New Yorker magazine.)
During the presidential campaign, Donald Trump promised to release his tax returns. First he said he would do it after his tax audit was over (even though there was no reason why that should have stopped him). Later, he said he would release the returns if he was elected. Well, it has been four months since he was elected and he still has not released any of his tax returns. In fact, White House aides have confirmed he going to break that campaign promise by not releasing any returns at all.
Trump says the public isn't interested in his tax returns. Not true. Poll after poll has shows that an overwhelming majority was him to release his tax returns. That doesn't seem to matter. Trump lives in a fantasy world of his own creation, and reality means nothing to him.
Congress has the authority to request those tax returns from the IRS, and they could then release tham. And the congressional Democrats have tried to go that route -- forcing a vote on requesting the Trump tax returns. But Congress is controlled by Republicans, and they voted against requesting the returns.
Now Democrats are trying something new to get the returns -- this time on the state level. They have introduced bills in at least 19 states that would force a presidential candidate to release his/her tax returns before they could get on the ballot. Many of those states will defeat those bills -- the ones controlled by Republicans -- but the bills stand a good chance of passing in other states like California, Oregon, New Jersey, New Mexico, Maryland, and Hawaii.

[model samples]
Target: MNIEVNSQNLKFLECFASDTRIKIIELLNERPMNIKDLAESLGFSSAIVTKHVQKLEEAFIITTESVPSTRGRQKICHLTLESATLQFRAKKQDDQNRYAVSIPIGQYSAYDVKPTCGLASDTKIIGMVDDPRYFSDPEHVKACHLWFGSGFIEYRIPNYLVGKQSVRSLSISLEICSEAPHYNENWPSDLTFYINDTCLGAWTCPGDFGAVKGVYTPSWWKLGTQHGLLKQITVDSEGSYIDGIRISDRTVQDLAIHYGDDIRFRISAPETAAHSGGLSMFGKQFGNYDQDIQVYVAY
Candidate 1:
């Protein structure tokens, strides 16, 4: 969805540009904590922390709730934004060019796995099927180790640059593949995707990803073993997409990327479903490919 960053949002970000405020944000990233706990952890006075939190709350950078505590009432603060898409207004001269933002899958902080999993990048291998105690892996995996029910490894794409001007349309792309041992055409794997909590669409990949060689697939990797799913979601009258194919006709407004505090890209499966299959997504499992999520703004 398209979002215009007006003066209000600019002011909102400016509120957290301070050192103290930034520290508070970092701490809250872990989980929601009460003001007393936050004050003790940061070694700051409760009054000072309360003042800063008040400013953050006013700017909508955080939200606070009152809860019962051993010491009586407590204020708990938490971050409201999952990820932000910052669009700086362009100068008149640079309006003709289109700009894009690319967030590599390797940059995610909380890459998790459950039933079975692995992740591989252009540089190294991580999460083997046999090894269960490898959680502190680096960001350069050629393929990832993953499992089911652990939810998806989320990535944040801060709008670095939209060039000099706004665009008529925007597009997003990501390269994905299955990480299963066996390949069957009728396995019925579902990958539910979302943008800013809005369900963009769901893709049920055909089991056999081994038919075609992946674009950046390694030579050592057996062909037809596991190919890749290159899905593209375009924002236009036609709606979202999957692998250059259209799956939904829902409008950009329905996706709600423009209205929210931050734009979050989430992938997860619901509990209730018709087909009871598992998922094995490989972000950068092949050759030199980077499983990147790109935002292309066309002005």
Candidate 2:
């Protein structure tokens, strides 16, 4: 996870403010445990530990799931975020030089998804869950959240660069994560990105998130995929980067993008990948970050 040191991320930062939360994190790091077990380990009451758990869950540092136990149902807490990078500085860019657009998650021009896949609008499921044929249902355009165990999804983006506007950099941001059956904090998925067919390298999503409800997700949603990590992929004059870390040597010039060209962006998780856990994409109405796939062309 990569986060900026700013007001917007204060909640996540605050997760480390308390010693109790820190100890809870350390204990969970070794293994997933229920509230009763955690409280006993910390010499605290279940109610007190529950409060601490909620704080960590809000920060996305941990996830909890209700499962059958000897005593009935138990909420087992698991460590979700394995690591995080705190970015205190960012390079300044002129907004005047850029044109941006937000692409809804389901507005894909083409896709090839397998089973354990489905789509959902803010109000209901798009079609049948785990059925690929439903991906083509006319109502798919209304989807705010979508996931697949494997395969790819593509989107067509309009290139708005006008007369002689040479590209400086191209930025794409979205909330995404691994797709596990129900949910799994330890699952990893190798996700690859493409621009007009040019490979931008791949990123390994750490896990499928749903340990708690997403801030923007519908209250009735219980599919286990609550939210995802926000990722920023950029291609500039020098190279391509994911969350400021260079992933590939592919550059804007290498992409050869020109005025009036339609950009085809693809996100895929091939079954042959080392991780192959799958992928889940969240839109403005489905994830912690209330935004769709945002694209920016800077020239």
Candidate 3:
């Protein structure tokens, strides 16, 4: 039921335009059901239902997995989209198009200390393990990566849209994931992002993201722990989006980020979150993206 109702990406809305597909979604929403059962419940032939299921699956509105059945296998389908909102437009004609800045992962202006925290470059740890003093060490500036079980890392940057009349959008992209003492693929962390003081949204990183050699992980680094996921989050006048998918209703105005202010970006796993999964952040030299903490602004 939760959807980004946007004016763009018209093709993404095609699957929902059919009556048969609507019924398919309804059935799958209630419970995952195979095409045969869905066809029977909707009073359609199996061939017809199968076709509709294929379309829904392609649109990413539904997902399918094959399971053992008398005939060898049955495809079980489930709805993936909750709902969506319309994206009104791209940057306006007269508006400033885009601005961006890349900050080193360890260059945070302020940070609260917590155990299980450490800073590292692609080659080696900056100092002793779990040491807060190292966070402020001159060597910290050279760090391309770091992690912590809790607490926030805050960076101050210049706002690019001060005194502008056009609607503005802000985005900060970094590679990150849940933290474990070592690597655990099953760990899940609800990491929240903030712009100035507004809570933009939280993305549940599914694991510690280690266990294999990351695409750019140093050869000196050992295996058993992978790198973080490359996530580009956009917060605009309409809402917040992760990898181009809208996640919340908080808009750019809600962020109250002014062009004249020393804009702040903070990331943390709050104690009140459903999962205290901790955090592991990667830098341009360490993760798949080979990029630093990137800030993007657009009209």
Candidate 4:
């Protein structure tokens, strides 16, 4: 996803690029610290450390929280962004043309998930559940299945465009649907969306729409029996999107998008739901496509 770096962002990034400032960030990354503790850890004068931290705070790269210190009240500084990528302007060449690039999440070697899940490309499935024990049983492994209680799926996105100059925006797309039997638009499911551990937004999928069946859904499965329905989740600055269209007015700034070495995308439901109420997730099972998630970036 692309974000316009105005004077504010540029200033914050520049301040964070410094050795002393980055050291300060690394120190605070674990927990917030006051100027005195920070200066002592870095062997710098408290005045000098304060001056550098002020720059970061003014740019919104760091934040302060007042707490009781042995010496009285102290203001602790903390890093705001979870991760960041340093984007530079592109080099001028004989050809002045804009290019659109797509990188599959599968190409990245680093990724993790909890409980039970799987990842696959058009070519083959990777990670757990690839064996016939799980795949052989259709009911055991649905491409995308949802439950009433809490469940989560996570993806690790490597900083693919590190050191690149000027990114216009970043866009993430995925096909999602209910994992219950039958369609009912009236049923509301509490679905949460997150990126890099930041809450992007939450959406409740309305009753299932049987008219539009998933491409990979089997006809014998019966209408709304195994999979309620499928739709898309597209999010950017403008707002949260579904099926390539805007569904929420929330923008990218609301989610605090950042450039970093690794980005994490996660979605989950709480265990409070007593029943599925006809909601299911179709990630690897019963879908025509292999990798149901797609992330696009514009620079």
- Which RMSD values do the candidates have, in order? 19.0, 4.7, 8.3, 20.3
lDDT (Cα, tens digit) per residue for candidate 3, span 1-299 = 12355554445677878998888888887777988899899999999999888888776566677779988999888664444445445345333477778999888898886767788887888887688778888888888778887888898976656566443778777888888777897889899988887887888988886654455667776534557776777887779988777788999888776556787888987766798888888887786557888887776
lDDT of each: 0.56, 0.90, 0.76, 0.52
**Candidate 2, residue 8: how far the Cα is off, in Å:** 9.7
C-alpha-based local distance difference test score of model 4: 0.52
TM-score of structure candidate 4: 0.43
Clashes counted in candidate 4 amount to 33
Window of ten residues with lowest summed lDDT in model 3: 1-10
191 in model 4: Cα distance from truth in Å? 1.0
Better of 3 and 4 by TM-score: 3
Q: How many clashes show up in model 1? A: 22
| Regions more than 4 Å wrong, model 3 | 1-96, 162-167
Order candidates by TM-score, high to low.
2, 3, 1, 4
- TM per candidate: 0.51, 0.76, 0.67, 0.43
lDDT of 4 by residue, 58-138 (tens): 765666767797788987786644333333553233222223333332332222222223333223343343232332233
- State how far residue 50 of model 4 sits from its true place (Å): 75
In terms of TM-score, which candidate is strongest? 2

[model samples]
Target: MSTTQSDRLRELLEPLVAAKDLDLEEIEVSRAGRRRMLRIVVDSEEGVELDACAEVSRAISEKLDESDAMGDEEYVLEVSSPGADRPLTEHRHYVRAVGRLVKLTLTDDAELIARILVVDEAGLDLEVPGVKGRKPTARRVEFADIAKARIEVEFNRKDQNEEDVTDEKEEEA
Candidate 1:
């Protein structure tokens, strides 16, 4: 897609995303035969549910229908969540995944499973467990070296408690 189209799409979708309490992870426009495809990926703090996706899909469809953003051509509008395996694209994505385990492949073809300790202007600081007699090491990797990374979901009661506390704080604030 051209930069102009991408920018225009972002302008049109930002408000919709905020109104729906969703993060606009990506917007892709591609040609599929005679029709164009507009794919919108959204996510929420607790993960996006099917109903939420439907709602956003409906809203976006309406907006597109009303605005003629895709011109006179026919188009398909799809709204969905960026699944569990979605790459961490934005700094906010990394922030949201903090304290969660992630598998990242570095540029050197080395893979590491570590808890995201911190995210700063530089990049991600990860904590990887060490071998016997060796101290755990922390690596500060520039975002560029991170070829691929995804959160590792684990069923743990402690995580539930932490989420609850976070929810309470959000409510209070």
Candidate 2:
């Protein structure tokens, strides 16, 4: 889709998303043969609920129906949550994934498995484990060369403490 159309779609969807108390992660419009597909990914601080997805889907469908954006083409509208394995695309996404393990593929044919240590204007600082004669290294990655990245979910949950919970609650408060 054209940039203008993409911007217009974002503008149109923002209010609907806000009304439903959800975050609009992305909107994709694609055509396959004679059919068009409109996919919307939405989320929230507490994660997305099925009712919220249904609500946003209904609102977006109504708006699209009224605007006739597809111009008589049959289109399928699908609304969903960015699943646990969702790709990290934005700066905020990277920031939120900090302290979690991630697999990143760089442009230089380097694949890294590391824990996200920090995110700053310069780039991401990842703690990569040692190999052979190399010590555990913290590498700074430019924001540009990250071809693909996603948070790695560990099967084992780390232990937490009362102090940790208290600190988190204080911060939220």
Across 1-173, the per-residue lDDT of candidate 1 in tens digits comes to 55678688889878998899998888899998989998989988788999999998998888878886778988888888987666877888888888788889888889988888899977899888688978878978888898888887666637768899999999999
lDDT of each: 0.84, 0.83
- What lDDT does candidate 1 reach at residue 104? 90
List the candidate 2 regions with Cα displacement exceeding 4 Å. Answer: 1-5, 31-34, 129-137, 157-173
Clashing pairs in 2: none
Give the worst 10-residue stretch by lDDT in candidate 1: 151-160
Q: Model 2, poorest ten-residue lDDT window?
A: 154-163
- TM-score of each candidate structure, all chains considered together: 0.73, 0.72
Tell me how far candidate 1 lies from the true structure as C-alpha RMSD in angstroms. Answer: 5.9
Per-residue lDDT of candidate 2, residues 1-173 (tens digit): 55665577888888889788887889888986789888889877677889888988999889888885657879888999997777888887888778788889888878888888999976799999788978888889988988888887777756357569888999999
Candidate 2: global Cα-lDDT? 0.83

Trump has already indicated that he wants to run in 2020 (assuming he survives this term). If he does so, he may have to release his tax returns to get on the ballot in several states. That may or may not mean a lot in the Republican primary, but it could be devastating to be left off the ballot in some states in the general election.
Some right-wingers say such a law would not be constitutional, because states cannot add to the requirements in the Constitution to run for office. That argument is not really true. States already have added requirements to run, like a filing fee or signatures on a petition. Would requiring the release of tax returns be any different?
It should be interesting to see how these bills fare.